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The Commisioner Series: Happy Chandler

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  • The Commisioner Series: Happy Chandler

    Albert Benjamin "Happy" Chandler, Sr. (1898-1991)

    2nd commissioner of baseball.

    Tenure: (1945 - 1951)

    "Happy" Chandler was a career politician. He held the offices of State Senator, Lieutenant Governor, Governor and United States Senator. His biggest contribution as a politician was in the establishment of the University of Kentucky Medical Center that was later renamed in his honor. He had hoped to be elected as Franklin Roosevelt's Vice-President in 1944. Instead, he was elected to a higher office!

    As a senator, Chandler had advocated on behalf of baseball during the war, endearing him to the owners. With the war still raging, the owners were looking for someone who could help negotiate the ins and outs of Washington and ensure that baseballs interests would be firmly established. Surprisingly, Chandler was not on the initial short list of candidates voted on for Commissioner. When no one received the needed votes, an informal vote was taken of 3 candidates the owners felt were electable. Happy was listed on every ballot and the vote was finally formalized.

    Like his predecessor, Chandler remained at his previous job (US Senator) for a time. Unlike Kenesaw Landis, the owners were irritated that Chandler did not quit immediately! The press piled on because of Happy's demeanor, speech and his moving of the Commissioners office from Chicago to Cincinnati.

    Chandler's first year in office set a new standard that would forever change Major League Baseball. Branch Rickey wanted to break baseball's color barrier. Although the other 15 other clubs disapproved, Chandler welcomed the idea, and in October 1945, the Dodgers signed Jackie Robinson to a 1946 contract with their Montreal farm team in the International League. In 1947, Robinson became the first black player to play Major League Baseball.

    1946 was also the year the Mexican League tried to siphon players from MLB to Mexico. Chandler stepped in with word that any player making the jump would be banned from MLB for 5 years. Only 18 players took the plunge and a crisis was averted. Chandler maintained the commissioner's office as a position of authority. He was more evenly handed than Landis was though.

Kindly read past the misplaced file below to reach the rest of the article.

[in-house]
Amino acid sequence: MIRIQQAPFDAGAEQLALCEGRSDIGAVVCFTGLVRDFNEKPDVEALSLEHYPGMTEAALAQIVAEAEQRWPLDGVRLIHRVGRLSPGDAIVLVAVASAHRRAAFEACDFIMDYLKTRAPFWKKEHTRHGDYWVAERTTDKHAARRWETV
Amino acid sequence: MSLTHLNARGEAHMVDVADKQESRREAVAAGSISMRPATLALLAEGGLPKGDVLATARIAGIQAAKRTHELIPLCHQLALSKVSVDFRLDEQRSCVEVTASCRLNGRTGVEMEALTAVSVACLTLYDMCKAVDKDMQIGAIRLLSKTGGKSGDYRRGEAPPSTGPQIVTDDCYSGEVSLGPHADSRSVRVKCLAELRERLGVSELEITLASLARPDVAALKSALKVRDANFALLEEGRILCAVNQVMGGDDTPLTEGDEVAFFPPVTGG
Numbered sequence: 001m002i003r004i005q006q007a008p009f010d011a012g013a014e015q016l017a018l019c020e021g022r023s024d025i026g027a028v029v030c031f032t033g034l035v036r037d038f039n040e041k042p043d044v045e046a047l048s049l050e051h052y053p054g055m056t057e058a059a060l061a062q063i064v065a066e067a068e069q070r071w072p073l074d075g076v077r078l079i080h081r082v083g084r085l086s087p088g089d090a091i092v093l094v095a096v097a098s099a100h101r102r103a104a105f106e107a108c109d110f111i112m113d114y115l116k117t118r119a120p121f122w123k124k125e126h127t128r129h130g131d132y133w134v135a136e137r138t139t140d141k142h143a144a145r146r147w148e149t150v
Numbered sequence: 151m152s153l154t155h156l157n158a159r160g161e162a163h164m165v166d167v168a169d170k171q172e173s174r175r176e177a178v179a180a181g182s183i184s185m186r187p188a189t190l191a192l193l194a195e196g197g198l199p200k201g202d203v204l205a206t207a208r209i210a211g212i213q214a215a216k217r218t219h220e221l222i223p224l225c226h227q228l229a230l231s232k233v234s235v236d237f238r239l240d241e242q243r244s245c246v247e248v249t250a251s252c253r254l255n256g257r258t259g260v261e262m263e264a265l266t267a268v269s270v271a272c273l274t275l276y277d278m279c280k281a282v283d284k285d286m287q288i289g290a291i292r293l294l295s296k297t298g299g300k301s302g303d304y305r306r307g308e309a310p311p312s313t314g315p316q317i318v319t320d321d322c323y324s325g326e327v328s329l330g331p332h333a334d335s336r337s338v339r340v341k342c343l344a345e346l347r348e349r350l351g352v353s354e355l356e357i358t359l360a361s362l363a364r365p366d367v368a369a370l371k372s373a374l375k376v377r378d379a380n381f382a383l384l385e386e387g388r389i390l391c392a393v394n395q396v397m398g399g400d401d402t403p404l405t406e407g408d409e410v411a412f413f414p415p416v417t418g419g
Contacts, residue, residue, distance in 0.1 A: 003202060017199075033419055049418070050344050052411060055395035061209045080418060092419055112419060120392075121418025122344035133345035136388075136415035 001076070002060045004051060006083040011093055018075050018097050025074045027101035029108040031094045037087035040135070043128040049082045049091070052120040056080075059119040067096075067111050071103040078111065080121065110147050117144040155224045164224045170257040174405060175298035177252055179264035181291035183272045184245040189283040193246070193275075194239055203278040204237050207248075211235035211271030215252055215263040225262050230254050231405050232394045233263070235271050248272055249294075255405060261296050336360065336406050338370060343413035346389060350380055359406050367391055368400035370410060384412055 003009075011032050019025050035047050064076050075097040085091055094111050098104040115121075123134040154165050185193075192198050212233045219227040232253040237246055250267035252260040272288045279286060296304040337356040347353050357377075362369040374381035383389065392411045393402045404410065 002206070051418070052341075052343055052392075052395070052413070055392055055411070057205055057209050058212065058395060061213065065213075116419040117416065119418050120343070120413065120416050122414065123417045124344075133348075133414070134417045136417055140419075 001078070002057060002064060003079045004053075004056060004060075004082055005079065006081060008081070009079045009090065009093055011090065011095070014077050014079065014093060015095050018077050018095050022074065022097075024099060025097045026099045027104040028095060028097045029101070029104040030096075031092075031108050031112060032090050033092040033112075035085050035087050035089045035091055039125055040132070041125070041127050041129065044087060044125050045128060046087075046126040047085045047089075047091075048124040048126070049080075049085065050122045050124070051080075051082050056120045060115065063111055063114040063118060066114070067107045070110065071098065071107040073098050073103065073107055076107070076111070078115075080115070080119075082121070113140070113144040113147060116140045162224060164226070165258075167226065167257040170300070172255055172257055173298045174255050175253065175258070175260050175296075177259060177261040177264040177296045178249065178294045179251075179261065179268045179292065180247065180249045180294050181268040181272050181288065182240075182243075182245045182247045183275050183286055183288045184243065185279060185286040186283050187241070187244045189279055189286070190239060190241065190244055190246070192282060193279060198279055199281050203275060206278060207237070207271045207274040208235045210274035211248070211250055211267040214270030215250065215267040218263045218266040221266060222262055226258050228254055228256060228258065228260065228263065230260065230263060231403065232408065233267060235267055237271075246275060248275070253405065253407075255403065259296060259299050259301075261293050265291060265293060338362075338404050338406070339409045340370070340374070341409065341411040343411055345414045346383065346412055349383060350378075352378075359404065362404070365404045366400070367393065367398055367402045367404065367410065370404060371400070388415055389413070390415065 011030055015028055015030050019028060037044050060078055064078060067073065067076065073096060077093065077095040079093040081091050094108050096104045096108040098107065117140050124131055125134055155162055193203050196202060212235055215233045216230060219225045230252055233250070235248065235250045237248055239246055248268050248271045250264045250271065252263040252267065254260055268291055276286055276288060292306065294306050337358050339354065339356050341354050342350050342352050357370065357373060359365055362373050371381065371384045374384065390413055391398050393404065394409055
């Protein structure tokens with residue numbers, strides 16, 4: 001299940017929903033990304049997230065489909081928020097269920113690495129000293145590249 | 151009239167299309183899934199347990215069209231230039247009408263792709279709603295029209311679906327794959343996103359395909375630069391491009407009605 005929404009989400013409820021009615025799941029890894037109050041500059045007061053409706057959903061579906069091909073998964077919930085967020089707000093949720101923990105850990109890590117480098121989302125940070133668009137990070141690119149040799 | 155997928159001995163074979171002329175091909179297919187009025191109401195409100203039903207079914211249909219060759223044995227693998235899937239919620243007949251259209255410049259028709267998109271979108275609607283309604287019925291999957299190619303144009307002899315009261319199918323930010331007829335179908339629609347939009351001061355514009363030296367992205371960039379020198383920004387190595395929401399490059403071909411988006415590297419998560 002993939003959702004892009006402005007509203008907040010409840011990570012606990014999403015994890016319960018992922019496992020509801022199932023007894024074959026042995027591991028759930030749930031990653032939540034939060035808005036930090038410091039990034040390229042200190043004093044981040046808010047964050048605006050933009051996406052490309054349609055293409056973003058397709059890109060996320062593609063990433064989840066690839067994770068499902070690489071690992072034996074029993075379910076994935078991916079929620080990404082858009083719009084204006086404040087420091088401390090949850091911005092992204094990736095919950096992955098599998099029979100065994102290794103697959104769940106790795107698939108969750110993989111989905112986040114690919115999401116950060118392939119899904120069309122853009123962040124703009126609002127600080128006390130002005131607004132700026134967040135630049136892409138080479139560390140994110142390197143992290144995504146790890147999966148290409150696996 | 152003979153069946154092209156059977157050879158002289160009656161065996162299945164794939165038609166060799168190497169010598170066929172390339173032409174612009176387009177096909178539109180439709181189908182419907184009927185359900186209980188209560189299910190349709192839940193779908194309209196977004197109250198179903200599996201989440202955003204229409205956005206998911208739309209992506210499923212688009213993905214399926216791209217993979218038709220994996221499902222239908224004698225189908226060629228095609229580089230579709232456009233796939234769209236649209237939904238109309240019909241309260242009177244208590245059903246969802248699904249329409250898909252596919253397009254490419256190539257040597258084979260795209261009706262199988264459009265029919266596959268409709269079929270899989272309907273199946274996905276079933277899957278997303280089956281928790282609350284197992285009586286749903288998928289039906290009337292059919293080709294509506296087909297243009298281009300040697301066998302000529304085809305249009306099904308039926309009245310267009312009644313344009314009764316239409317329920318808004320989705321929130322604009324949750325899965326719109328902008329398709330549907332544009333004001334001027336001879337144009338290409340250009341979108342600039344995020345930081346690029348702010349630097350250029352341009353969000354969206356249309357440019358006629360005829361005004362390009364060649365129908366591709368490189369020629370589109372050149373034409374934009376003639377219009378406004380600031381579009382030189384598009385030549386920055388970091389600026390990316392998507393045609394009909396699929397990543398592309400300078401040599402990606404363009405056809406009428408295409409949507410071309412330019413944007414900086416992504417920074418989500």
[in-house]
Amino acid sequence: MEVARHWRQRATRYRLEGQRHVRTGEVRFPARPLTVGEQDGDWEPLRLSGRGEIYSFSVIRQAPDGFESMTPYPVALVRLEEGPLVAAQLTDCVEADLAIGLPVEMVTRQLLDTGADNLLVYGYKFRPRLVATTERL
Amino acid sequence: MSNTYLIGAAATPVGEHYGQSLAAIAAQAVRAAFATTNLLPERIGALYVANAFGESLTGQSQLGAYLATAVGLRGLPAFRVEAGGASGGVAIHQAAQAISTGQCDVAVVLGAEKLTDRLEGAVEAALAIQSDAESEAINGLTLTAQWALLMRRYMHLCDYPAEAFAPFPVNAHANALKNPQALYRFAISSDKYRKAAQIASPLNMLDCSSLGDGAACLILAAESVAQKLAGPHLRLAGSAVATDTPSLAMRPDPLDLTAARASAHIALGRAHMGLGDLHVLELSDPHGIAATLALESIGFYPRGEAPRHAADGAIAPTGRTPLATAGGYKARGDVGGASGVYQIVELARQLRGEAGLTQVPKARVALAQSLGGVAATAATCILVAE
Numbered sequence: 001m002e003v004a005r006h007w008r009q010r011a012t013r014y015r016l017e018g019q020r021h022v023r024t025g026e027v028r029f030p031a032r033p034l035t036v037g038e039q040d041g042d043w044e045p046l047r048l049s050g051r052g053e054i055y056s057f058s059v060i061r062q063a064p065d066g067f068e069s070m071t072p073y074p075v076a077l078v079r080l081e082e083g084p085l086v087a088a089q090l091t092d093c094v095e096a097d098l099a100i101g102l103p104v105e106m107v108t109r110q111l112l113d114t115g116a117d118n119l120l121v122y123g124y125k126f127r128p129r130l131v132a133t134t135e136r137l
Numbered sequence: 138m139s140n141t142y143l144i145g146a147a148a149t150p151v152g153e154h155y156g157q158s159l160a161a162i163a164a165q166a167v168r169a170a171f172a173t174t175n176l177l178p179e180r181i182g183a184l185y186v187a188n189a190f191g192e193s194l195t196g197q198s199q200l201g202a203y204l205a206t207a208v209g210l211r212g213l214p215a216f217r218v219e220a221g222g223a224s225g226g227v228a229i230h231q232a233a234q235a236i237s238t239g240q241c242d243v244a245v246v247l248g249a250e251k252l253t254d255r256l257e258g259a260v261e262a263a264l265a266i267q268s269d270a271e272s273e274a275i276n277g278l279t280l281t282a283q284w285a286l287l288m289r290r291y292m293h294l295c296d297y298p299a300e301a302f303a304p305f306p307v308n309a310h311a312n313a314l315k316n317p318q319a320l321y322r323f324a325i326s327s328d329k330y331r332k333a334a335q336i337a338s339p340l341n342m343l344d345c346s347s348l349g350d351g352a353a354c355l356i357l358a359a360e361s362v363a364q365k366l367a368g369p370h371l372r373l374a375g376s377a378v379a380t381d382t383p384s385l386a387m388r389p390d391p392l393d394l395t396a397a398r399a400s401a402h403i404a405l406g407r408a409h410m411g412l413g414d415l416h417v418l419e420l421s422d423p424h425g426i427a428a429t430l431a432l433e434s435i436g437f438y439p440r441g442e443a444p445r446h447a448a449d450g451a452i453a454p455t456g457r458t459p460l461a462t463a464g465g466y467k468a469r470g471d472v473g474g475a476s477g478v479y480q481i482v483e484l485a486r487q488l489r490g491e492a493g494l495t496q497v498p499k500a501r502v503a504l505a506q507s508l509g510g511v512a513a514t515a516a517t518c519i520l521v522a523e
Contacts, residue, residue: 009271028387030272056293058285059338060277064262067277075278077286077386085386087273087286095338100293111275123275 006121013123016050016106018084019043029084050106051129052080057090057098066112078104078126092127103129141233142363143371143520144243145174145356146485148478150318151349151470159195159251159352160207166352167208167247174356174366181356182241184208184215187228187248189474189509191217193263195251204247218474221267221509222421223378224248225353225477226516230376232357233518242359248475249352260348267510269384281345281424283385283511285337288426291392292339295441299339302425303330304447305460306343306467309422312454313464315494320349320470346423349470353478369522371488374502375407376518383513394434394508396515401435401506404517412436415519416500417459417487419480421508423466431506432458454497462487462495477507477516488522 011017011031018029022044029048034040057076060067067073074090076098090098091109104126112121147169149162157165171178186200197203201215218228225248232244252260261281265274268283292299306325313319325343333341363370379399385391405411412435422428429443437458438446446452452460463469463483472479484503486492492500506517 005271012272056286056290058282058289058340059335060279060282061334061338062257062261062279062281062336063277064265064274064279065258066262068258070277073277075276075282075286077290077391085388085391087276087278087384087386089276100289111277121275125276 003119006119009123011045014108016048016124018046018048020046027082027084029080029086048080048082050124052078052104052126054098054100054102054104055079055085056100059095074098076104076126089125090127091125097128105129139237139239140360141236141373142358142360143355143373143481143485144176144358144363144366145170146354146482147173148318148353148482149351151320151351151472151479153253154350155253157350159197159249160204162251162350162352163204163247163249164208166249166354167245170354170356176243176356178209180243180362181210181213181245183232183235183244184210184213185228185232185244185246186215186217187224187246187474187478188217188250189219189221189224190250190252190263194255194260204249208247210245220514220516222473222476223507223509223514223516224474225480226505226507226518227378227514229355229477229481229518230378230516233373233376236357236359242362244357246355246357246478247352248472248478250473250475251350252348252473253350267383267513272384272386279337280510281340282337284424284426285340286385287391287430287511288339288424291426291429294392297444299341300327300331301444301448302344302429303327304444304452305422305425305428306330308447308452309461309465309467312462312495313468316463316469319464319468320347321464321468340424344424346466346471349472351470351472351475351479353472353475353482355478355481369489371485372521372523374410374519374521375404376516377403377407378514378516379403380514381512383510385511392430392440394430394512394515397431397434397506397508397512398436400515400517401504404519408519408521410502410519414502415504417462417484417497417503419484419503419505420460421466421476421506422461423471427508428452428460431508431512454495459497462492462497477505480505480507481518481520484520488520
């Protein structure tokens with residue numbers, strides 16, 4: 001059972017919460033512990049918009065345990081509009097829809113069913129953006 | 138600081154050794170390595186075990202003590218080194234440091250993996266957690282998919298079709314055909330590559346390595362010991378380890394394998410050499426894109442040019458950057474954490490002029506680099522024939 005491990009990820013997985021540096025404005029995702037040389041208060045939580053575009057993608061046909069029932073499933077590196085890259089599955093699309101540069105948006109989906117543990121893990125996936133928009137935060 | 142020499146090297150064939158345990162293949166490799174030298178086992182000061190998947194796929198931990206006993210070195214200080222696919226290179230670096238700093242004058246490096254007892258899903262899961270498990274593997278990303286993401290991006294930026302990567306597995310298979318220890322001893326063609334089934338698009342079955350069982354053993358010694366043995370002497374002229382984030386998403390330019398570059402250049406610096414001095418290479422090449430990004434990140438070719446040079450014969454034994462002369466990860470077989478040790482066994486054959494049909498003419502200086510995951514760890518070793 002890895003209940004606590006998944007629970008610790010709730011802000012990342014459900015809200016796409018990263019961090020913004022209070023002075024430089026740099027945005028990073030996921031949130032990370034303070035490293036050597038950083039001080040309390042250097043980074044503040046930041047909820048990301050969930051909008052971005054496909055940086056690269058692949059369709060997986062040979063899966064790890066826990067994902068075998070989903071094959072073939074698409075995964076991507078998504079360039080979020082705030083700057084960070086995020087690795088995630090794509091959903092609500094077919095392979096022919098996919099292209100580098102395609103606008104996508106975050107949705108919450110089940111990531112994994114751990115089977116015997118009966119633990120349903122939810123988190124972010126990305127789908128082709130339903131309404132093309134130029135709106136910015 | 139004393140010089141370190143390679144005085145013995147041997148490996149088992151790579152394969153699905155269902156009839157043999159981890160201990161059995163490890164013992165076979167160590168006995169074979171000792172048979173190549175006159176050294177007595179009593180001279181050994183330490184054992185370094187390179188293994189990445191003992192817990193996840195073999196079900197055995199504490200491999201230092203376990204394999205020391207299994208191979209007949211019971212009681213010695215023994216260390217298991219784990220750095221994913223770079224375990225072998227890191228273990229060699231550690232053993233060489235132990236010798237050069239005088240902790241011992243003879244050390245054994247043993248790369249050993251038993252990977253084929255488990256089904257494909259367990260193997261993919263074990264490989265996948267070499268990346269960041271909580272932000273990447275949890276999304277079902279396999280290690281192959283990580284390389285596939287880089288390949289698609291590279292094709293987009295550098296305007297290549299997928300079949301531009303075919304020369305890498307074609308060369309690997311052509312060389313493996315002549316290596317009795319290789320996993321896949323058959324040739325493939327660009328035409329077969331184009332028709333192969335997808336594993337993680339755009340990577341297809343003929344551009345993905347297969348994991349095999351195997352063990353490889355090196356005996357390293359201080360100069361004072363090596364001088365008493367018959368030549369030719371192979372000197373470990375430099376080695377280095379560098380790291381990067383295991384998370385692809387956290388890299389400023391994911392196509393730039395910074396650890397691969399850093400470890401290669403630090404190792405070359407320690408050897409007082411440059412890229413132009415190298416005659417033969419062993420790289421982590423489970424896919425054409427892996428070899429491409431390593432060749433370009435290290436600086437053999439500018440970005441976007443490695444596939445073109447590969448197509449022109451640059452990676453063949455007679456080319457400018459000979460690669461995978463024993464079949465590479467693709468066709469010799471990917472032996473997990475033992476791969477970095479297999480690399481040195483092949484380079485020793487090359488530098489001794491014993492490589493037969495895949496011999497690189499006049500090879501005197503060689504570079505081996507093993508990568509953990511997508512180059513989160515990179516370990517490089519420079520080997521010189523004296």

Another decision that Chandler made was also to have lasting affects on MLB and earned him the moniker of the players commissioner. In 1947 Chandler created the player pension fund. He used the money from a three-year, $475,000 contract for radio rights to the World Series to establish the plan.A couple years later, he negotiated a 7-year, $4,370,000 contract with the Gillette Safety Razor Company and the Mutual Broadcasting System for radio rights to the World Series, with those proceeds going to the pension fund as well. Not finished, Chandler negotiated a 6-year, $6,000,000 contract with the same two companies for television rights to the World Series and All-Star Game. This money also went directly into the player pension fund. Taking money from the owners pockets to help players did not endear him to the men who hired him and led to much anger on the part of the owners.

    Other highlights of Chandler's term:

    He suspended Leo "the Lip" Durocher from baseball for 1 year due to his alleged association with gamblers.
    He worked towards getting the players a minimum salary.

    When Happy Chandler's contract came up for renewal, he asked the owners for a second term. Not happy with his decisions while in office, he failed to get the needed vote (in fact it was not even close), and he was sent packing. Not one to rest on his laurels, Happy Chandler became governor of Kentucky a few years later. He was involved in and around politics the remainder of his like.

    His tenure was far shorter than Kenesaw Mountain Landis but in my opinion, his impact was far greater.

    Happy was elected to the Hall of Fame in 1982. At the time of his death in 1991, he was the oldest living member of the Baseball Hall of Fame.

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